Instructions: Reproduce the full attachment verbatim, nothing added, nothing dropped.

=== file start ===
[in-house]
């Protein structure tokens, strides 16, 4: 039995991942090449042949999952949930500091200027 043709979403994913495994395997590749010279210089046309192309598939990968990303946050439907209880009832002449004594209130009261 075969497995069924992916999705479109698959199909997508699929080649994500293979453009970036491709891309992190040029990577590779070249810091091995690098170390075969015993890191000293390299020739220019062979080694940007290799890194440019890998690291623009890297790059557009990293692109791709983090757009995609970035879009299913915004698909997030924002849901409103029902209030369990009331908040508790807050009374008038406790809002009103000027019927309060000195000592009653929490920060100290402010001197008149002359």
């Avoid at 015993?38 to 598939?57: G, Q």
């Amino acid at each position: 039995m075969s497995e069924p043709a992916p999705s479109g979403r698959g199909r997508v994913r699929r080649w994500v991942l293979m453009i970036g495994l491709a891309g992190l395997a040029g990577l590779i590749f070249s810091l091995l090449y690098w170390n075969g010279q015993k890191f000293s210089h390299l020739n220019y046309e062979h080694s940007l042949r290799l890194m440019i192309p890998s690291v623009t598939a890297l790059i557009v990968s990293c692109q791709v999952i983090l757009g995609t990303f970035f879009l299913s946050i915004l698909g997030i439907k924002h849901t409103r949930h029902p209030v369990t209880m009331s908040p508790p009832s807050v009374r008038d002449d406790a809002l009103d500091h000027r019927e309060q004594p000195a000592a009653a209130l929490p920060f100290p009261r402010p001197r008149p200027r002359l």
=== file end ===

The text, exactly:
[in-house]
């Protein structure tokens, strides 16, 4: 039995991942090449042949999952949930500091200027 043709979403994913495994395997590749010279210089046309192309598939990968990303946050439907209880009832002449004594209130009261 075969497995069924992916999705479109698959199909997508699929080649994500293979453009970036491709891309992190040029990577590779070249810091091995690098170390075969015993890191000293390299020739220019062979080694940007290799890194440019890998690291623009890297790059557009990293692109791709983090757009995609970035879009299913915004698909997030924002849901409103029902209030369990009331908040508790807050009374008038406790809002009103000027019927309060000195000592009653929490920060100290402010001197008149002359």
């Avoid at 015993?38 to 598939?57: G, Q």
């Amino acid at each position: 039995m075969s497995e069924p043709a992916p999705s479109g979403r698959g199909r997508v994913r699929r080649w994500v991942l293979m453009i970036g495994l491709a891309g992190l395997a040029g990577l590779i590749f070249s810091l091995l090449y690098w170390n075969g010279q015993k890191f000293s210089h390299l020739n220019y046309e062979h080694s940007l042949r290799l890194m440019i192309p890998s690291v623009t598939a890297l790059i557009v990968s990293c692109q791709v999952i983090l757009g995609t990303f970035f879009l299913s946050i915004l698909g997030i439907k924002h849901t409103r949930h029902p209030v369990t209880m009331s908040p508790p009832s807050v009374r008038d002449d406790a809002l009103d500091h000027r019927e309060q004594p000195a000592a009653a209130l929490p920060f100290p009261r402010p001197r008149p200027r002359l």